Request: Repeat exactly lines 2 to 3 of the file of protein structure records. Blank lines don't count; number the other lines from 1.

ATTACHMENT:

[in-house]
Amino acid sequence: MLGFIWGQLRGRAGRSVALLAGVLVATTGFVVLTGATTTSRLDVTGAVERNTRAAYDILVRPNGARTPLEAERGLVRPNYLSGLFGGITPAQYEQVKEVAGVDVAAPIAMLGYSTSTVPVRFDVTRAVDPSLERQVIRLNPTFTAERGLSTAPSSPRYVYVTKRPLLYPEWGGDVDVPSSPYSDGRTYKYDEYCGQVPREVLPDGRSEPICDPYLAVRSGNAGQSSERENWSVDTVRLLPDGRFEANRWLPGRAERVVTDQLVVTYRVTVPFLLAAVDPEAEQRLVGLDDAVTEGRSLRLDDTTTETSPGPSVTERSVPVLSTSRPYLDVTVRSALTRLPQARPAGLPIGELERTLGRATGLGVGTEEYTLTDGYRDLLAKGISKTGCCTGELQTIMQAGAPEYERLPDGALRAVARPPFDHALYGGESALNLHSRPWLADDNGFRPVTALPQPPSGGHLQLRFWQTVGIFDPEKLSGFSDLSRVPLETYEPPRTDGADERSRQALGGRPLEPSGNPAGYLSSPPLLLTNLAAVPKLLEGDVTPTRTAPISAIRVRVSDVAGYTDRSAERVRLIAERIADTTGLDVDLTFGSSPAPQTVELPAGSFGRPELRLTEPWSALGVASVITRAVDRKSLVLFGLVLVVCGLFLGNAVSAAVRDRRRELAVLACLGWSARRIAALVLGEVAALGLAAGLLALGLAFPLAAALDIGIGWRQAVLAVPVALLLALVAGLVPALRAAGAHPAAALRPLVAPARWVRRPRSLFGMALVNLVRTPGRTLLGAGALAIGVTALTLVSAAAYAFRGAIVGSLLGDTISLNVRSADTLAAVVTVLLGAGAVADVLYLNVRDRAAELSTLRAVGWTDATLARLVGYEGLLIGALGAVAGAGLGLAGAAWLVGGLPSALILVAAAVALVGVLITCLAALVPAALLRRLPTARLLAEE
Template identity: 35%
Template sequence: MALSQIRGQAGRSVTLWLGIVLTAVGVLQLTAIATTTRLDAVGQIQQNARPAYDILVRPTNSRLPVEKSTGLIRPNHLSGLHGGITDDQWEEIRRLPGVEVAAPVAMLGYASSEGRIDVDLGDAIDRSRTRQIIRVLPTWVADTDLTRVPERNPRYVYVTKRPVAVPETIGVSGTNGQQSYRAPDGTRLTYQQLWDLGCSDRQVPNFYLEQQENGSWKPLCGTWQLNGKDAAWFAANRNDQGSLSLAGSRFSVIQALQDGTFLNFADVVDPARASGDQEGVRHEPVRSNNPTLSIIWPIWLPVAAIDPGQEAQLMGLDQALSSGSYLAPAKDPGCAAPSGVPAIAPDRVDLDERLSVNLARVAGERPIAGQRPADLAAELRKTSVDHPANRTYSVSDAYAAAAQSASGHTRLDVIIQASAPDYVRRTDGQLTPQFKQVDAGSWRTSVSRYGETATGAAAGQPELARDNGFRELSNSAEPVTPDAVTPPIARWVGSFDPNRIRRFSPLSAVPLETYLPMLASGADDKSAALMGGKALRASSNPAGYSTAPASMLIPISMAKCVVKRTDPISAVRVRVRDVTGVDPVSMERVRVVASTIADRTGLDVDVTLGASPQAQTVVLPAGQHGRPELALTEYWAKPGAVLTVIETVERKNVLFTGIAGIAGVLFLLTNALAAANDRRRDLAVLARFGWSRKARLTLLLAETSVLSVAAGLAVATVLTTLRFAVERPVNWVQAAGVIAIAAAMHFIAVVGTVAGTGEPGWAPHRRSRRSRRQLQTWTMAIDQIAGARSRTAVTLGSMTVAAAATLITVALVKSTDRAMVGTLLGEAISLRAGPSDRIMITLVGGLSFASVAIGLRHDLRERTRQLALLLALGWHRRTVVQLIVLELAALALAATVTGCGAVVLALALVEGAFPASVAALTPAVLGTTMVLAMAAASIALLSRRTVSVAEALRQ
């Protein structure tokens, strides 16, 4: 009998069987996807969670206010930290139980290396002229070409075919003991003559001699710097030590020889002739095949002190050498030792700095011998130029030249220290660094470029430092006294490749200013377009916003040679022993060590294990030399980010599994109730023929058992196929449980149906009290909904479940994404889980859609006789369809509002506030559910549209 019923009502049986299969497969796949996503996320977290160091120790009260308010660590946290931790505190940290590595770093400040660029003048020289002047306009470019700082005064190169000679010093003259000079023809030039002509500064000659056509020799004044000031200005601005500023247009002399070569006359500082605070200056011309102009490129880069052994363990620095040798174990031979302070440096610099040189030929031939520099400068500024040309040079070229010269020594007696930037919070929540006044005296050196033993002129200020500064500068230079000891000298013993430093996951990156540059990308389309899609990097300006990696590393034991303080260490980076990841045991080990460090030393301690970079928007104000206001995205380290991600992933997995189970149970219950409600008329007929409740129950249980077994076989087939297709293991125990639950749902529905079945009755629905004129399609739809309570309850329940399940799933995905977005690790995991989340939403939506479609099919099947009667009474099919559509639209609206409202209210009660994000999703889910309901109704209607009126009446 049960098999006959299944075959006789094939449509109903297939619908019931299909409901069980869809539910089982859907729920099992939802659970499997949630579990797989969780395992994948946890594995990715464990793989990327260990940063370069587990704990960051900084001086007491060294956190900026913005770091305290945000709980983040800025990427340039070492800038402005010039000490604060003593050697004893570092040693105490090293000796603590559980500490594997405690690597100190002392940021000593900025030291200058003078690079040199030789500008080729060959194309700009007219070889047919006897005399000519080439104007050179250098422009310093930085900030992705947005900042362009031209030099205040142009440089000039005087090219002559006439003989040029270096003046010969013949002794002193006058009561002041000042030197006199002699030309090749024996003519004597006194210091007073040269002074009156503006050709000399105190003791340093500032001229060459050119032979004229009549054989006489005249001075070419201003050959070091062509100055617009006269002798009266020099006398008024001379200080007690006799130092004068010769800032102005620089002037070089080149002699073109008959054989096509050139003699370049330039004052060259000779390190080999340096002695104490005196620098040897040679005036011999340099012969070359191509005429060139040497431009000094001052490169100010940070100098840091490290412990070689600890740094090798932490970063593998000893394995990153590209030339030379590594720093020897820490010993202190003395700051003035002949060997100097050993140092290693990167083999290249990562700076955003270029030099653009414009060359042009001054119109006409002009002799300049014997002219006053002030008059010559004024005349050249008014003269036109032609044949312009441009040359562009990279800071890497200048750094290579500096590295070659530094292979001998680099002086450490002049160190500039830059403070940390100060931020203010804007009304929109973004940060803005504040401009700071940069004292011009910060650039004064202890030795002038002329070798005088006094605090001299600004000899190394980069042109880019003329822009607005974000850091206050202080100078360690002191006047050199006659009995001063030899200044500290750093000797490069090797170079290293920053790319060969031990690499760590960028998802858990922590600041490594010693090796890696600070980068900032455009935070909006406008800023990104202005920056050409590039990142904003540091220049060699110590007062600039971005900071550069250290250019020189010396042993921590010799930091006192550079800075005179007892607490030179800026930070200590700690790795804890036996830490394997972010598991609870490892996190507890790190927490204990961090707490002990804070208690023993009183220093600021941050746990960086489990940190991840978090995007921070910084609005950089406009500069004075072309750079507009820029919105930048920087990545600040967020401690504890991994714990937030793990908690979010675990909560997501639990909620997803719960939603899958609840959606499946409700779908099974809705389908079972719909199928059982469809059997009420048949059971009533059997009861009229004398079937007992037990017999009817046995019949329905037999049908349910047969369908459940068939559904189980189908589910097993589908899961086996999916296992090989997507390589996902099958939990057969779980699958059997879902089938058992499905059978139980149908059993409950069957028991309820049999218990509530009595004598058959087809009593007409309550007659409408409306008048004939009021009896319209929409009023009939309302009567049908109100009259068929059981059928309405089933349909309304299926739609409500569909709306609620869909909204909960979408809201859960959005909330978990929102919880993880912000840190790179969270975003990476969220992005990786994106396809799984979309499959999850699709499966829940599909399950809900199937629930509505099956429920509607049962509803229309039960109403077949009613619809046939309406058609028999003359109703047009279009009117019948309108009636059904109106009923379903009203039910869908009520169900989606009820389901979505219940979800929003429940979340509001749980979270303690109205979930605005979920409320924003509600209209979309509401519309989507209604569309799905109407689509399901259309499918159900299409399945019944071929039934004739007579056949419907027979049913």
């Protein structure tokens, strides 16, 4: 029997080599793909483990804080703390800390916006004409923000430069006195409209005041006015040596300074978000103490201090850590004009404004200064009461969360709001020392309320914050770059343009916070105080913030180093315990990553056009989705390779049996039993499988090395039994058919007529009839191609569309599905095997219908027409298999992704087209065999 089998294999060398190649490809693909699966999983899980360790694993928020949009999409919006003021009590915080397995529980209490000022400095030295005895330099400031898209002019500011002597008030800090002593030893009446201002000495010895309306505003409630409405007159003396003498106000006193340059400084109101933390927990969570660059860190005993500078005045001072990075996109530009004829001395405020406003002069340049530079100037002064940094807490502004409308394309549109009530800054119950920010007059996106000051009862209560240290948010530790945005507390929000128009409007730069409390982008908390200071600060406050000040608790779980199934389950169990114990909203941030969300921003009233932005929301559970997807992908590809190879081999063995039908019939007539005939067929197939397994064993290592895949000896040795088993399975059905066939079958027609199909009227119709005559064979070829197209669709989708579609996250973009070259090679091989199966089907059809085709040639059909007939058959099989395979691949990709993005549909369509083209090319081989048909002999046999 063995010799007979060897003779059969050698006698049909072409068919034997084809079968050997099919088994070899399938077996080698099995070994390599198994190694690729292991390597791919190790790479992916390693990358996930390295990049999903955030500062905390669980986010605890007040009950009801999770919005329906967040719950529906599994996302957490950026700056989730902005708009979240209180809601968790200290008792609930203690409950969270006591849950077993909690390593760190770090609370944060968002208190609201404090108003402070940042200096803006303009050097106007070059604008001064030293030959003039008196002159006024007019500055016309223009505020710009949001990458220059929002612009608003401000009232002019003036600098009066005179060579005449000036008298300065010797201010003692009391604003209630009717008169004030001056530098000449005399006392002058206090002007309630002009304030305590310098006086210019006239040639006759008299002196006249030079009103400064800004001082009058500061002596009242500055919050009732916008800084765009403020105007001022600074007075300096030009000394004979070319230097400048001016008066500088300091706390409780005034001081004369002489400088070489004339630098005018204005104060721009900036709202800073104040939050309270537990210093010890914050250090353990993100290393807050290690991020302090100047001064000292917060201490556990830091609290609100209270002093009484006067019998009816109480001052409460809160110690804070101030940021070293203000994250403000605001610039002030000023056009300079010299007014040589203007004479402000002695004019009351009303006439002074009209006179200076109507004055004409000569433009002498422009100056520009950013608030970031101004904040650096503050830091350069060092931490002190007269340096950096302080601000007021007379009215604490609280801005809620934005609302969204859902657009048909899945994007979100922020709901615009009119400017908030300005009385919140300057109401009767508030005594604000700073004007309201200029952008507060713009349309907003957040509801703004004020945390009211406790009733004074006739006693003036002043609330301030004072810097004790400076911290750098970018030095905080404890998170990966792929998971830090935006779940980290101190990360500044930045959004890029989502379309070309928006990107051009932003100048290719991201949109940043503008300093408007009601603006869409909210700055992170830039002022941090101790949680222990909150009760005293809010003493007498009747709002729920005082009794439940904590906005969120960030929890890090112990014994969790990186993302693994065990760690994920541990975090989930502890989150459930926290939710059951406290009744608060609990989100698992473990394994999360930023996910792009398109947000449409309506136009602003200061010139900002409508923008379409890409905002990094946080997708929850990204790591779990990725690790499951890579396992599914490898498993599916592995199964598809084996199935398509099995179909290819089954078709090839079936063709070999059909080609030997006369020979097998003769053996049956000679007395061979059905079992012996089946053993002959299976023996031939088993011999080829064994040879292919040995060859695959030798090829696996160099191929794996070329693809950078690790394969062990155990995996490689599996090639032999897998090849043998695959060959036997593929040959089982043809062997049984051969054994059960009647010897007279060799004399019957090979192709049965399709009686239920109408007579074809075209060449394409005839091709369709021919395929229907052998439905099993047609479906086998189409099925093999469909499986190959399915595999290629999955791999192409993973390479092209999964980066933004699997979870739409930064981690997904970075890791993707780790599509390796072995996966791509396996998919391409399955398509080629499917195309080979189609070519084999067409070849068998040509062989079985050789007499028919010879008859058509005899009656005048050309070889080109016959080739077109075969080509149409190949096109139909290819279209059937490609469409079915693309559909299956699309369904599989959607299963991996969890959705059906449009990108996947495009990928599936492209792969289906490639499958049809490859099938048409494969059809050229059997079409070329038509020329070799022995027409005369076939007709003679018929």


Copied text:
Amino acid sequence: MLGFIWGQLRGRAGRSVALLAGVLVATTGFVVLTGATTTSRLDVTGAVERNTRAAYDILVRPNGARTPLEAERGLVRPNYLSGLFGGITPAQYEQVKEVAGVDVAAPIAMLGYSTSTVPVRFDVTRAVDPSLERQVIRLNPTFTAERGLSTAPSSPRYVYVTKRPLLYPEWGGDVDVPSSPYSDGRTYKYDEYCGQVPREVLPDGRSEPICDPYLAVRSGNAGQSSERENWSVDTVRLLPDGRFEANRWLPGRAERVVTDQLVVTYRVTVPFLLAAVDPEAEQRLVGLDDAVTEGRSLRLDDTTTETSPGPSVTERSVPVLSTSRPYLDVTVRSALTRLPQARPAGLPIGELERTLGRATGLGVGTEEYTLTDGYRDLLAKGISKTGCCTGELQTIMQAGAPEYERLPDGALRAVARPPFDHALYGGESALNLHSRPWLADDNGFRPVTALPQPPSGGHLQLRFWQTVGIFDPEKLSGFSDLSRVPLETYEPPRTDGADERSRQALGGRPLEPSGNPAGYLSSPPLLLTNLAAVPKLLEGDVTPTRTAPISAIRVRVSDVAGYTDRSAERVRLIAERIADTTGLDVDLTFGSSPAPQTVELPAGSFGRPELRLTEPWSALGVASVITRAVDRKSLVLFGLVLVVCGLFLGNAVSAAVRDRRRELAVLACLGWSARRIAALVLGEVAALGLAAGLLALGLAFPLAAALDIGIGWRQAVLAVPVALLLALVAGLVPALRAAGAHPAAALRPLVAPARWVRRPRSLFGMALVNLVRTPGRTLLGAGALAIGVTALTLVSAAAYAFRGAIVGSLLGDTISLNVRSADTLAAVVTVLLGAGAVADVLYLNVRDRAAELSTLRAVGWTDATLARLVGYEGLLIGALGAVAGAGLGLAGAAWLVGGLPSALILVAAAVALVGVLITCLAALVPAALLRRLPTARLLAEE
Template identity: 35%